In resolving the choice of law problem presented in this case, we believe it is appropriate to look directly to the substantive law of this Commonwealth. Although traditionally we would look to the law of the place of the alleged wrong to determine whether the defendant's conduct was tortious, the matter of the right of a particular resident of this Commonwealth to sue and recover from another resident of this Commonwealth may be governed more *311 properly in particular instances by Massachusetts law. Thus, in Pevoski v. Pevoski, 371 Mass. 358, 360 (1976), we held, as to a New York motor vehicle accident, that the law of this Commonwealth should determine the question whether one spouse may sue and recover from the other. We noted that the interest of this Commonwealth in the question was more substantial than that of New York, the place of the tort. In the case before us, the interest of Connecticut in the dispute is no more substantial than was that of New York in the Pevoski case.
Although the considerations involved in permitting or denying a right of action differ in this case from those present in the Pevoski case, there are substantial reasons for looking to the law of Massachusetts to determine whether the plaintiff should be allowed to maintain an action against his fellow employee. Most significant are the reasonable expectations of the parties, each of whom was hired and lived in Massachusetts. The workmen's compensation law of this Commonwealth bars an employee from recovering from a negligent fellow employee. An employee, by not reserving his common law rights, is deemed to have waived any claim against a fellow employee regardless of where an accident may occur. The plaintiff had no reasonable basis for expecting to recover in this situation, and the defendant had no reason to expect that he would be liable. Additionally, reference to the law of the place of common employment provides both a certain source for the resolution of the issue and assurance that the ability to maintain a tort action will not turn solely on the fortuitous circumstance of where the accident takes place. See Wilson v. Faull, 27 N.J. 105, 117-120 (1958). The elimination *312 of happenstance, a sort of unknowing geographical Russian roulette, as the controlling factor is particularly significant in a case where no business was to be transacted in the jurisdiction where the injury took place. As a matter of choice of law, we conclude that the substantive law of the Commonwealth should apply to bar recovery by the plaintiff in this case. See R.A. Leflar, American Conflicts Law §§ 104-105 (rev. ed. 1968).
2. The result we reach might be attained by pursuing a different approach. Accepting the classical rule that the law of the place of the tort determines substantive rights, one might analyze this case in terms of the result which would be reached if this action had been brought in Connecticut. In such a case, one should look to the entire law of the State of Connecticut, including its conflict of laws rules.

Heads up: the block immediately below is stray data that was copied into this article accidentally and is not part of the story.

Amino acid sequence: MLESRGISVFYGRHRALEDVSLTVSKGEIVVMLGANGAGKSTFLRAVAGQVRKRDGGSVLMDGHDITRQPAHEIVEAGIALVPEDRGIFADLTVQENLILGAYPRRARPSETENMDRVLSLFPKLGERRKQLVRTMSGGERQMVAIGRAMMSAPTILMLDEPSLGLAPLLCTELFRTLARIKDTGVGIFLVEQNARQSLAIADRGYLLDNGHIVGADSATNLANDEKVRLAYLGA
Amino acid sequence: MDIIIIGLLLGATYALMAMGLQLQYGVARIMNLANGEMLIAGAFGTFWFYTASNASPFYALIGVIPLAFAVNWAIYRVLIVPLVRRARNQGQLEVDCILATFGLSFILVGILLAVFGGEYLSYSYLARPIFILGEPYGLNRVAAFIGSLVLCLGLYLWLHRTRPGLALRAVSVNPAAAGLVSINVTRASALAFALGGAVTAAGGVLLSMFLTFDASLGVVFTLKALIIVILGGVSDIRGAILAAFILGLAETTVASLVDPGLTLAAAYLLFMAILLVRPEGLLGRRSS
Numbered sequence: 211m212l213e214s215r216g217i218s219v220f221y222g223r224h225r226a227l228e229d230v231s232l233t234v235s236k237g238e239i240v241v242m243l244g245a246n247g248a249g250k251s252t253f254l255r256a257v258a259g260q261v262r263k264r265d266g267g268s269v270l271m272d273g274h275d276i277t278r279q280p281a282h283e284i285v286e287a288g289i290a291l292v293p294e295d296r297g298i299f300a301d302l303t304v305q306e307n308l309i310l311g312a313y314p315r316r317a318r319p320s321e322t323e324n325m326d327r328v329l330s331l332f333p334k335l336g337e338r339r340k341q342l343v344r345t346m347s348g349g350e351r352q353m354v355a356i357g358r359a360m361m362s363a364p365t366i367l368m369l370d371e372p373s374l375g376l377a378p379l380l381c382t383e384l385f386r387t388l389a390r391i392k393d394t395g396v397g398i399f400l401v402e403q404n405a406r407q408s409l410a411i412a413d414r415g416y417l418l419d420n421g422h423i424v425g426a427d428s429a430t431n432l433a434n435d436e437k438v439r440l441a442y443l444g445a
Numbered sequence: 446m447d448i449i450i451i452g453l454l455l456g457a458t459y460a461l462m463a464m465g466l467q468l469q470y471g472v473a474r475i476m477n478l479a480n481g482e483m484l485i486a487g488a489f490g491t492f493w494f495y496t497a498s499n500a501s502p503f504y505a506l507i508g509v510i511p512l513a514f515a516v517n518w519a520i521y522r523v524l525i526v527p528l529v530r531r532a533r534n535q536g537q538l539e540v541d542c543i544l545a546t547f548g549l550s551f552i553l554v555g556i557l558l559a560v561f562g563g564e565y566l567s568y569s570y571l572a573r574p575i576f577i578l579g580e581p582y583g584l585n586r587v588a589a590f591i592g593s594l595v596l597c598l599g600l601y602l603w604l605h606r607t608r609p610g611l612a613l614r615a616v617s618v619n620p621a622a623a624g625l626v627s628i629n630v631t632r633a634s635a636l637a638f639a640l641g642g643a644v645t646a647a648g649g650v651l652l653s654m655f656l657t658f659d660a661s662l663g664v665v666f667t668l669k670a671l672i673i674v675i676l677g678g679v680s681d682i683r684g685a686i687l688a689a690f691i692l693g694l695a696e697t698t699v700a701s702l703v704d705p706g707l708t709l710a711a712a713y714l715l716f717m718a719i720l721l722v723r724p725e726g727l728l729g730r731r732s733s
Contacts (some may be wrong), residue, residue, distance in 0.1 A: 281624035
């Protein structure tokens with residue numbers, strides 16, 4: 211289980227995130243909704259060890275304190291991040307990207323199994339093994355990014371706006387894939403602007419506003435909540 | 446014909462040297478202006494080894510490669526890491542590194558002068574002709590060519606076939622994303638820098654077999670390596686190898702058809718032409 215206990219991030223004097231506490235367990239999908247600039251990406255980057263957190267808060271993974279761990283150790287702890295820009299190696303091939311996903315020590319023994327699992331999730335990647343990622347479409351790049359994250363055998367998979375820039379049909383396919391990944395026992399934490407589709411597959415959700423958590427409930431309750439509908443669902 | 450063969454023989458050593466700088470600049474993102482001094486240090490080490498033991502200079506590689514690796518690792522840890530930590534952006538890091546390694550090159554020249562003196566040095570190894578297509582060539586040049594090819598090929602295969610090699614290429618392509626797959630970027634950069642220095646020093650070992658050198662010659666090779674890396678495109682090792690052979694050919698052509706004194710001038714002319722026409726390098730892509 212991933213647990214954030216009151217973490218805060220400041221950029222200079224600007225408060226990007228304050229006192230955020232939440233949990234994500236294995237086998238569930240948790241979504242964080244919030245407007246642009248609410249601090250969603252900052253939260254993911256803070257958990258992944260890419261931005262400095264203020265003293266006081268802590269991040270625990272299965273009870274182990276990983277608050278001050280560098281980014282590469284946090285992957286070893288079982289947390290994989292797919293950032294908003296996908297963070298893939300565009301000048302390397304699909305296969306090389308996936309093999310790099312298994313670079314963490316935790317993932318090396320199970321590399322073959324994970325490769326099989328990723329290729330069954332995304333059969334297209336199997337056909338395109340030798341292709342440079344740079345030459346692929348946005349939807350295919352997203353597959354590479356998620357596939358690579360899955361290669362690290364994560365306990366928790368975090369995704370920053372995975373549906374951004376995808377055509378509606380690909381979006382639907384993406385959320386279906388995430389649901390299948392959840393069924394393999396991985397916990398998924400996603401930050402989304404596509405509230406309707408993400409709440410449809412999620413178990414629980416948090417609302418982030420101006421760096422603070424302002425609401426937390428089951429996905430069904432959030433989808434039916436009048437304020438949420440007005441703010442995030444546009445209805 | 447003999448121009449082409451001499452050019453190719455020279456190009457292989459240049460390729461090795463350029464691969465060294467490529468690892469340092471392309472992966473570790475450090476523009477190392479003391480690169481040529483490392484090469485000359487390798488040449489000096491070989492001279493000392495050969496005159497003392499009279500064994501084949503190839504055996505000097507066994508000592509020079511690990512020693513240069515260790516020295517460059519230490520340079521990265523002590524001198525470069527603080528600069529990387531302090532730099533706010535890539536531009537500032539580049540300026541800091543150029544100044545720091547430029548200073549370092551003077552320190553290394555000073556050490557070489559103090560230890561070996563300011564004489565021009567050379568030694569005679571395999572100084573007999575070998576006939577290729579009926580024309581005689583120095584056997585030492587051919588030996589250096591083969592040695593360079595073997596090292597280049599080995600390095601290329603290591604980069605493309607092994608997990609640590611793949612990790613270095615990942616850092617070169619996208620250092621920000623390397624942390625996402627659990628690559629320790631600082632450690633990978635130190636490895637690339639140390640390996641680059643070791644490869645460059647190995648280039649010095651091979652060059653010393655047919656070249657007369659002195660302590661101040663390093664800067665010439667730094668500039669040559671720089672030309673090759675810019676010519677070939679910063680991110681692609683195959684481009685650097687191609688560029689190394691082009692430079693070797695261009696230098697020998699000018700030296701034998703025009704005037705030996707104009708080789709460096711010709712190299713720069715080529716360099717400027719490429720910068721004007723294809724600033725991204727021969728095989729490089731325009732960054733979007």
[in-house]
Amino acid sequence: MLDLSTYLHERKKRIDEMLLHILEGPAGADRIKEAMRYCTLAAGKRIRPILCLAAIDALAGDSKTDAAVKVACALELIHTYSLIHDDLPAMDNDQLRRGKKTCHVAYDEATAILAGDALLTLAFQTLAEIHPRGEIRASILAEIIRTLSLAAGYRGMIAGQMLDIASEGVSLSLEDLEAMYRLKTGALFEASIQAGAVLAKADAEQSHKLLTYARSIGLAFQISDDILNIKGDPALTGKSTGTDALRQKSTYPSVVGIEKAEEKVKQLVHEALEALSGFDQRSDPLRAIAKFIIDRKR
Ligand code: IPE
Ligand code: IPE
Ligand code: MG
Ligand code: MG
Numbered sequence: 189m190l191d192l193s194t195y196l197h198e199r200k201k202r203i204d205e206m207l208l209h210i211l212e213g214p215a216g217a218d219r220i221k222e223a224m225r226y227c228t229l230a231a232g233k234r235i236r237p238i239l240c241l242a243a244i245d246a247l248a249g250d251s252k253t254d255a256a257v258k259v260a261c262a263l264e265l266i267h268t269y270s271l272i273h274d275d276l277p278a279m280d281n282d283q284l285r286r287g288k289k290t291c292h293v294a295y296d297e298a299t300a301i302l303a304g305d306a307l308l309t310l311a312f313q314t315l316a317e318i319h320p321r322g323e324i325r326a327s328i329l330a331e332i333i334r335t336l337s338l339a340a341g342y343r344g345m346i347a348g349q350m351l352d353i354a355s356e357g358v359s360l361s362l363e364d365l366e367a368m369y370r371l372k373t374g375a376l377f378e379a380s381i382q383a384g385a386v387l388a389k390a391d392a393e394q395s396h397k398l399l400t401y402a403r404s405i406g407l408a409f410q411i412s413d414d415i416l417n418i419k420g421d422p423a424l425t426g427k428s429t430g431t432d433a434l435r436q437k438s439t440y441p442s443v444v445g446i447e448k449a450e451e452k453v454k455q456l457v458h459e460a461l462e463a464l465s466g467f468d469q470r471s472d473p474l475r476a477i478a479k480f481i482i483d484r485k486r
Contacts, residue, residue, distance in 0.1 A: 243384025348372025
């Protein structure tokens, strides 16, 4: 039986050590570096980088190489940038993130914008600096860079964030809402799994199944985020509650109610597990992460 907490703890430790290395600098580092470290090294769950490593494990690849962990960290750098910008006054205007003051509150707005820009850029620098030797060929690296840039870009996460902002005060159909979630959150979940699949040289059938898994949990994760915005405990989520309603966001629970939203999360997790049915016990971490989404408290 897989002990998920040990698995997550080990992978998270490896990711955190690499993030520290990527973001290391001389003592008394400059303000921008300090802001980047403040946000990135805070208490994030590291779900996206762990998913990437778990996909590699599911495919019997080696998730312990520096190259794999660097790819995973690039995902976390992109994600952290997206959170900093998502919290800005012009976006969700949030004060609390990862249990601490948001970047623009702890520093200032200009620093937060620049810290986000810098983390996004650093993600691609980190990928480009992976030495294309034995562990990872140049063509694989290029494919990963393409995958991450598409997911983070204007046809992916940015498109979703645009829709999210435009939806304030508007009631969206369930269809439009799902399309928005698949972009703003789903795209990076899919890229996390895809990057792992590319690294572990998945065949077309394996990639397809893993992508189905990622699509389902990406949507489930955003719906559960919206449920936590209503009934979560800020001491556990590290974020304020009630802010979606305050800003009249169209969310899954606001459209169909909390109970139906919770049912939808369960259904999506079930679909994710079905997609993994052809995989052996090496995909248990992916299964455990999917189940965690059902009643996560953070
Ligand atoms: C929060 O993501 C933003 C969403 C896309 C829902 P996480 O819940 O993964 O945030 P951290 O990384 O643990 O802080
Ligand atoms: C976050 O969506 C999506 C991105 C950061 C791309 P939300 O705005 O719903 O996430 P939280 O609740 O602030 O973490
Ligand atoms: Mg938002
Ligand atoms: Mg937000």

The Connecticut Supreme Court has not been confronted with this question, and one can attempt to answer the question under Connecticut law only by anticipating the Connecticut result from decisions of that court on other conflict of laws questions. In a recent opinion, the *313 Supreme Court of Connecticut has reaffirmed its position that "in motor vehicle cases `[t]he creation and extent of liability are fixed by the law of the state in which the tort is committed.'" Gibson v. Fullin, 172 Conn. 407, 411 (1977), quoting from Bissonnette v. Bissonnette, 145 Conn. 733, 734 (1958). In the Gibson case, the court noted that "[i]t has long been recognized that courts are not bound to decide all issues of a case under the local laws of a single state. In deciding this ultimate question, which does not frequently arise, we believe that the applicable law should not only be simple and easy to determine and apply, but should also lead to predictable and desirable results" (citation omitted). Id. at 412. The holding in the Gibson case was that a retroactive repeal of the Florida guest statute would not be recognized to permit a Connecticut resident to recover from another Connecticut resident for negligence in the operation of a motor vehicle in Florida. The reason given was a strong policy in Connecticut disfavoring retrospective laws. The Connecticut court declined to permit recovery for ordinary negligence by applying the substantive law of Connecticut, rejecting the idea of looking to the law of the jurisdiction with the "most significant relationship" or "center of gravity." Id. at 411. See Restatement (Second) of Conflict of Laws § 145 (1971). The court regarded "this newer approach" as "still very much in a transitional stage" and saw in the case before it "no compelling reason to abandon the traditional rule." Gibson, supra at 411.